EasyJet says recovery under way as it forecasts second £1bn annual loss

Airline says it will fly 70% of pre-pandemic capacity in final quarter of the year

EasyJet declared the recovery in aviation "is under way" as it forecast its second £1 billion annual loss in a row. The low-cost airline on Tuesday said there had been strong demand for flying since the UK relaxed strict travel rules last month.

The recovery is a big relief for the carrier after it predicted a loss of between £1.135 billion and £1.175 billion for its financial year ending in September, its second on record after losing more than £1 billion in 2020.

EasyJet plans to fly 70 per cent of its 2019 levels in the final quarter of the year, up from the 60 per cent it had previously forecast, as demand for winter sun destinations helped it add 100,000 seats to its schedules.

"We are encouraged to see positive booking momentum into full-year 2022 which has led us to increase our capacity plans," EasyJet chief executive Johan Lundgren said on Tuesday.


“It is clear the recovery is under way,” he said, pointing to signs of the return of business travel and overall bookings for the next six months that have been running at double the level of last year.

“We have seen city breaks beginning to return alongside growing demand for leisure travel from customers looking for flights and holidays to popular winter sun destinations,” Mr Lundgren said.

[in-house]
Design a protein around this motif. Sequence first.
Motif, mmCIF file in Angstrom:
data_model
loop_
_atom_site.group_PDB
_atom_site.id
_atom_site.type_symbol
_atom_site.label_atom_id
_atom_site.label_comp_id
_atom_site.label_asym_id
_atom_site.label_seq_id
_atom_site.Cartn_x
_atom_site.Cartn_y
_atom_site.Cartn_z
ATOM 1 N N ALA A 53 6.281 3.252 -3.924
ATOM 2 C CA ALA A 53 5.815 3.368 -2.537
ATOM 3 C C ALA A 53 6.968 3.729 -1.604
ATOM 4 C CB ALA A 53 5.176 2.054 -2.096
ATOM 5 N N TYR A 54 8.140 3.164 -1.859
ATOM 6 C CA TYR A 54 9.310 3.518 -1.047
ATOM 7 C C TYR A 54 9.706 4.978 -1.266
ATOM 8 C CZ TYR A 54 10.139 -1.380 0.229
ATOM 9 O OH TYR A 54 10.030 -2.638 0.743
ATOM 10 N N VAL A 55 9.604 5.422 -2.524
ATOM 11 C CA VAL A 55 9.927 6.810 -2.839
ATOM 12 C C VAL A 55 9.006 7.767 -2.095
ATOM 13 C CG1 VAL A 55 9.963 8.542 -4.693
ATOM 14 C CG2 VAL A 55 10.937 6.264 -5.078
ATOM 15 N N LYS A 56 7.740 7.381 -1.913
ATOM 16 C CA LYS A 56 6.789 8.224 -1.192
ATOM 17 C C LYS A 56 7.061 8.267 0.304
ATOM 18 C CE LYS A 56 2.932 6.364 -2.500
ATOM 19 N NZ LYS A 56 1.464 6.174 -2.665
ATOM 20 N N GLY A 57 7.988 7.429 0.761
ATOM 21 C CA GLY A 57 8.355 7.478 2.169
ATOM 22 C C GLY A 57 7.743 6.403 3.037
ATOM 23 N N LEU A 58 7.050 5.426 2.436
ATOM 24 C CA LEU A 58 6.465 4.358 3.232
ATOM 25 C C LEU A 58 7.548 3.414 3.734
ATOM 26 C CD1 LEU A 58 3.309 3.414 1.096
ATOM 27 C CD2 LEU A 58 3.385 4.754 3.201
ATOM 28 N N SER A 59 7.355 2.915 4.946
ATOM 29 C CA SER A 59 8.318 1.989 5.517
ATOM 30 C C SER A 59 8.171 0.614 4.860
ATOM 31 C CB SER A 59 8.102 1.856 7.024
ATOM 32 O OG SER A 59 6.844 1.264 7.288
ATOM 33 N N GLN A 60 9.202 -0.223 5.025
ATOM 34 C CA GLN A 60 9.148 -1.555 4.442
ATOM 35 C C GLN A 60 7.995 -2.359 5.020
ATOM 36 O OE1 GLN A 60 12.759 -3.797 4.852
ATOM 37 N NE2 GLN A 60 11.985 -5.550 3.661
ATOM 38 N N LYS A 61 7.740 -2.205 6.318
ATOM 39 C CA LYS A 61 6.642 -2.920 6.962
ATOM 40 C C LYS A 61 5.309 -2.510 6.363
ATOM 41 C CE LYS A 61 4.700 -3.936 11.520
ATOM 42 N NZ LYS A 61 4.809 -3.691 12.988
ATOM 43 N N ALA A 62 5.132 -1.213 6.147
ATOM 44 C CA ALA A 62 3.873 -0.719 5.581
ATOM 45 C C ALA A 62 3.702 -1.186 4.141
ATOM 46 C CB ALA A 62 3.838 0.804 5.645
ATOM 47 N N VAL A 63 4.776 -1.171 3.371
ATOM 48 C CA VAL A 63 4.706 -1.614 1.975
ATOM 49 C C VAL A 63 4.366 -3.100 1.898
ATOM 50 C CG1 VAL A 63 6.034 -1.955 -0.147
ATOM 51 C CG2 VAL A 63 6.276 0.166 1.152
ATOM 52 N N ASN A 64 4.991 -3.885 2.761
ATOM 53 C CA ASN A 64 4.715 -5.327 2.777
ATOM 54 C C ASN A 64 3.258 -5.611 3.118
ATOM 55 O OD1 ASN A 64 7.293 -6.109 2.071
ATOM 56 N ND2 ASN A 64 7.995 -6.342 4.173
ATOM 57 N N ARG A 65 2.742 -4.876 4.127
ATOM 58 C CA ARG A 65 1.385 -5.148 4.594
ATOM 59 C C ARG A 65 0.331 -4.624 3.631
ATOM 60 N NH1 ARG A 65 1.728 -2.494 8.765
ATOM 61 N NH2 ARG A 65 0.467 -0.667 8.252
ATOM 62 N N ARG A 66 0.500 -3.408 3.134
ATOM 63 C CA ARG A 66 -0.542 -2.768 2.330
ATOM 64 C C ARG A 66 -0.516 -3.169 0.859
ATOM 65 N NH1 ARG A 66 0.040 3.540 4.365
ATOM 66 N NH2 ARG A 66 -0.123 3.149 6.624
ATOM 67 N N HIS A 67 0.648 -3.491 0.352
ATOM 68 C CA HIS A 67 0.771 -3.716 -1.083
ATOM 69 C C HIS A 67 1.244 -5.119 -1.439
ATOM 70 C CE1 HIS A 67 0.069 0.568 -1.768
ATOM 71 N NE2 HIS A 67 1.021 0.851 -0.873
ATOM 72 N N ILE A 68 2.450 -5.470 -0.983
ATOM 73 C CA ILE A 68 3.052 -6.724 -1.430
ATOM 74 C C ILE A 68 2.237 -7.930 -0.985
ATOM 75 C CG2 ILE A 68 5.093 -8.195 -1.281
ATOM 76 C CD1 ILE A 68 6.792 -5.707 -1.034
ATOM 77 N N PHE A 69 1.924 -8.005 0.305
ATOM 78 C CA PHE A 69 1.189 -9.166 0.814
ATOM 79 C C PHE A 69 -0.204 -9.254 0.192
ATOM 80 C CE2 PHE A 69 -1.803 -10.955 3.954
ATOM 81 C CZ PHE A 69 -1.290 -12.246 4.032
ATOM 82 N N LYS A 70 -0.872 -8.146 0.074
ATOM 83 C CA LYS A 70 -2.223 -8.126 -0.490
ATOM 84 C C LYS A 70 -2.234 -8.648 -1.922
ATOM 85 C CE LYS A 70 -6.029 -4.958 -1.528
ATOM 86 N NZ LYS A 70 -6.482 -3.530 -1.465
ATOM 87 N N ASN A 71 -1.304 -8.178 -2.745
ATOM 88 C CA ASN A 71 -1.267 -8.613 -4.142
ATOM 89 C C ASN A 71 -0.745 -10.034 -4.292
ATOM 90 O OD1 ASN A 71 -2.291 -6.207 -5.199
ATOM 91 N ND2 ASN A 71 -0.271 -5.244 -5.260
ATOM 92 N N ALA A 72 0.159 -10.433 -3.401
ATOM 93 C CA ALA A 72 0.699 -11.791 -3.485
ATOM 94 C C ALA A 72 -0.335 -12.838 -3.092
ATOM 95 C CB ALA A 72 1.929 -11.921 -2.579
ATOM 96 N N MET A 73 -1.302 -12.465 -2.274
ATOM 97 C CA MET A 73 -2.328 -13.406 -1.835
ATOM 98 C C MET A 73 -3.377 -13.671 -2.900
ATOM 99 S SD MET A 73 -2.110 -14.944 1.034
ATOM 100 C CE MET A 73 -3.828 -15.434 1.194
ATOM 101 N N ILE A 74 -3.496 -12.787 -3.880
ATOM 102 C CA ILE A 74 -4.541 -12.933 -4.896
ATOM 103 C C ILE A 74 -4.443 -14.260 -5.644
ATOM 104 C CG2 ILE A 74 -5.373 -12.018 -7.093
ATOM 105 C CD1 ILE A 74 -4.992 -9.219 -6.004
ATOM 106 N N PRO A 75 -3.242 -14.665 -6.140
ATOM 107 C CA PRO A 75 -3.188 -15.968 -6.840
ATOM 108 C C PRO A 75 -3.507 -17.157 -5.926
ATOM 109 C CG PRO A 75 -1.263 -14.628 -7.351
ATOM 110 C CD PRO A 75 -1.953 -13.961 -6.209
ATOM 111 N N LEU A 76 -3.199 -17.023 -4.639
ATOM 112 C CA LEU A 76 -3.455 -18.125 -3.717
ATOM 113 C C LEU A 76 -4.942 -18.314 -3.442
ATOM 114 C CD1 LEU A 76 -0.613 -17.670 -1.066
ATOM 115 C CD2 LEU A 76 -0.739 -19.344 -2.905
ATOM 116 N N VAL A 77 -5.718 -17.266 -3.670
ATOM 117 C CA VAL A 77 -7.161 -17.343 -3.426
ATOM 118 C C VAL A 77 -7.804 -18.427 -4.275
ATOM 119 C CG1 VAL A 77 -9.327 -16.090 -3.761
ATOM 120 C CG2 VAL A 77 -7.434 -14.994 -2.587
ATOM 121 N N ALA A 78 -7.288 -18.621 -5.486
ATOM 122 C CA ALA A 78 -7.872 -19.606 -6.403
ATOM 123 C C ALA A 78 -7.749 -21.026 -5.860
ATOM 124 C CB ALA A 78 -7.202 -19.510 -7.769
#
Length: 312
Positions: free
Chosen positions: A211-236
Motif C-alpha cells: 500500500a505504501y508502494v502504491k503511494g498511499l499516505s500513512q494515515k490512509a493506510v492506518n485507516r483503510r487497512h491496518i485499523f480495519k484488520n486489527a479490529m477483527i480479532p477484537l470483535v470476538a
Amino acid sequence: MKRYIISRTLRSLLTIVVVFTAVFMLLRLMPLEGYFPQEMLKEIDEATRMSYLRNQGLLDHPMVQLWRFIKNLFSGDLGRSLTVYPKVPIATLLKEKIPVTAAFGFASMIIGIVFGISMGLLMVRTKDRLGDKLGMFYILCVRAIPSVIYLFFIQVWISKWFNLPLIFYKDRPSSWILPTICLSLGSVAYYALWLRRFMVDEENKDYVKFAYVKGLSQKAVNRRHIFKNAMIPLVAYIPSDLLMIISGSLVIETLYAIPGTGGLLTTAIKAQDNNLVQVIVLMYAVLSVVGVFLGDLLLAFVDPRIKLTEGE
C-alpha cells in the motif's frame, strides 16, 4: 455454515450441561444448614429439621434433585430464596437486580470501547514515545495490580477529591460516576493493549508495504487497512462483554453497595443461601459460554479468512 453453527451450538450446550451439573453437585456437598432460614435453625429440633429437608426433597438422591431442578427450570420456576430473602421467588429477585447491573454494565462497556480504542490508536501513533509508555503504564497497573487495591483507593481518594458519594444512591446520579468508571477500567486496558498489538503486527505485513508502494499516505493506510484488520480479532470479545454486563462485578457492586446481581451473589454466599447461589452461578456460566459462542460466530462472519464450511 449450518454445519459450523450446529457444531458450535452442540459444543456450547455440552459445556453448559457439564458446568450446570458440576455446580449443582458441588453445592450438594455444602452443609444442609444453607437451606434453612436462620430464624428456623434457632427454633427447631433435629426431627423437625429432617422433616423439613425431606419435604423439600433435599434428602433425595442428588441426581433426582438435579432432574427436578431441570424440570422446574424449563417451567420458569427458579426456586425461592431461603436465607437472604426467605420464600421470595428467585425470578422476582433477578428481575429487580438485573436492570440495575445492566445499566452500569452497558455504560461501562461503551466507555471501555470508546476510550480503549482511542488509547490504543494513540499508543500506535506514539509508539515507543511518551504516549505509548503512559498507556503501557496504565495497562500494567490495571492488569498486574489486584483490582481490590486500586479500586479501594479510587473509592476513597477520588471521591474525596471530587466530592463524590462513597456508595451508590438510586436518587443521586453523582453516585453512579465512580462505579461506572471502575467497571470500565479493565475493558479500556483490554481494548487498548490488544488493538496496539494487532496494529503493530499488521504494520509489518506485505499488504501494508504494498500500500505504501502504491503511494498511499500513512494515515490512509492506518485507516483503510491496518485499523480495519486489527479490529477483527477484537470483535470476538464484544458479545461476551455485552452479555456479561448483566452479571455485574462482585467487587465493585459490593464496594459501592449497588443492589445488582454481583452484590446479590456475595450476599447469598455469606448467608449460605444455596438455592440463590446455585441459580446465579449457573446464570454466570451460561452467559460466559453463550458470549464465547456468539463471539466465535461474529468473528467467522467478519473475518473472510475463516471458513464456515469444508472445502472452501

Alex Irving, an aviation analyst at Bernstein, said the increased capacity forecast “bodes well for the winter season”.

Takeover rejected

The Luton-based airline has rejected a takeover approach from Hungarian rival Wizz Air, the first sign of potential consolidation in an industry that has been rocked by the pandemic and travel restrictions.

Last month EasyJet launched a £1.2 billion rights issue to strengthen its finances, which was larger than some shareholders and analysts had expected.

Mr Lundgren said this will allow the airline to take advantage of “strategic investment and growth opportunities” during the recovery. Most of EasyJet’s business is focused on the UK market, where restrictions have been tighter than in continental Europe for much of the year.

The airline flew 17.3 million seats between July and September, 58 per cent of normal levels, a period when bookings from EU countries were stronger than from the UK.

UK international travel ran at just 32 per cent of normal levels over the summer, while continental European and domestic UK trips were at a far healthier 77 per cent.

The rights issue has allowed EasyJet to significantly strengthen its balance sheet, and at the end of September the airline had unrestricted access to £4.4 billion of liquidity and £900 million in net debt. – Copyright The Financial Times Limited 2021